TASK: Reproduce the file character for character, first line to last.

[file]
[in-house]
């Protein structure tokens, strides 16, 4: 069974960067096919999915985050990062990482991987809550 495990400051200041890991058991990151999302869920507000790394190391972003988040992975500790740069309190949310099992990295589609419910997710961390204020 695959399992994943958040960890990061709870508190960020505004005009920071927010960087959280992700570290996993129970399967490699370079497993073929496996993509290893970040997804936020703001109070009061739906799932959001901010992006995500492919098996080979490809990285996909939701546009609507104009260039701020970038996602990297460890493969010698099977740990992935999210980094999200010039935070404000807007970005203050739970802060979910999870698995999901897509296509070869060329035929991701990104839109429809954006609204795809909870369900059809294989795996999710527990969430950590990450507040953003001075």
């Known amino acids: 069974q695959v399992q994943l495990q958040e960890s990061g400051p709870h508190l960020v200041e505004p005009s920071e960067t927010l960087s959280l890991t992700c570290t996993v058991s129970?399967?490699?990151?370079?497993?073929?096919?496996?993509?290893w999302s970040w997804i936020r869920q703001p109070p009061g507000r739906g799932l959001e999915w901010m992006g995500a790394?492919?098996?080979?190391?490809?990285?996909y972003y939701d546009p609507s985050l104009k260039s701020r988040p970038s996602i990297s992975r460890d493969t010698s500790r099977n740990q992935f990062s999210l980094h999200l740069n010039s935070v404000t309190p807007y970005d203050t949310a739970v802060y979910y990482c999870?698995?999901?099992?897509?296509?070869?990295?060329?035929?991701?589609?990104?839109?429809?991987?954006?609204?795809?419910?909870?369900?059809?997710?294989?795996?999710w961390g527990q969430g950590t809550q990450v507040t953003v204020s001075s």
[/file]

[in-house]
């Protein structure tokens, strides 16, 4: 069974960067096919999915985050990062990482991987809550 495990400051200041890991058991990151999302869920507000790394190391972003988040992975500790740069309190949310099992990295589609419910997710961390204020 695959399992994943958040960890990061709870508190960020505004005009920071927010960087959280992700570290996993129970399967490699370079497993073929496996993509290893970040997804936020703001109070009061739906799932959001901010992006995500492919098996080979490809990285996909939701546009609507104009260039701020970038996602990297460890493969010698099977740990992935999210980094999200010039935070404000807007970005203050739970802060979910999870698995999901897509296509070869060329035929991701990104839109429809954006609204795809909870369900059809294989795996999710527990969430950590990450507040953003001075």
């Known amino acids: 069974q695959v399992q994943l495990q958040e960890s990061g400051p709870h508190l960020v200041e505004p005009s920071e960067t927010l960087s959280l890991t992700c570290t996993v058991s129970?399967?490699?990151?370079?497993?073929?096919?496996?993509?290893w999302s970040w997804i936020r869920q703001p109070p009061g507000r739906g799932l959001e999915w901010m992006g995500a790394?492919?098996?080979?190391?490809?990285?996909y972003y939701d546009p609507s985050l104009k260039s701020r988040p970038s996602i990297s992975r460890d493969t010698s500790r099977n740990q992935f990062s999210l980094h999200l740069n010039s935070v404000t309190p807007y970005d203050t949310a739970v802060y979910y990482c999870?698995?999901?099992?897509?296509?070869?990295?060329?035929?991701?589609?990104?839109?429809?991987?954006?609204?795809?419910?909870?369900?059809?997710?294989?795996?999710w961390g527990q969430g950590t809550q990450v507040t953003v204020s001075s």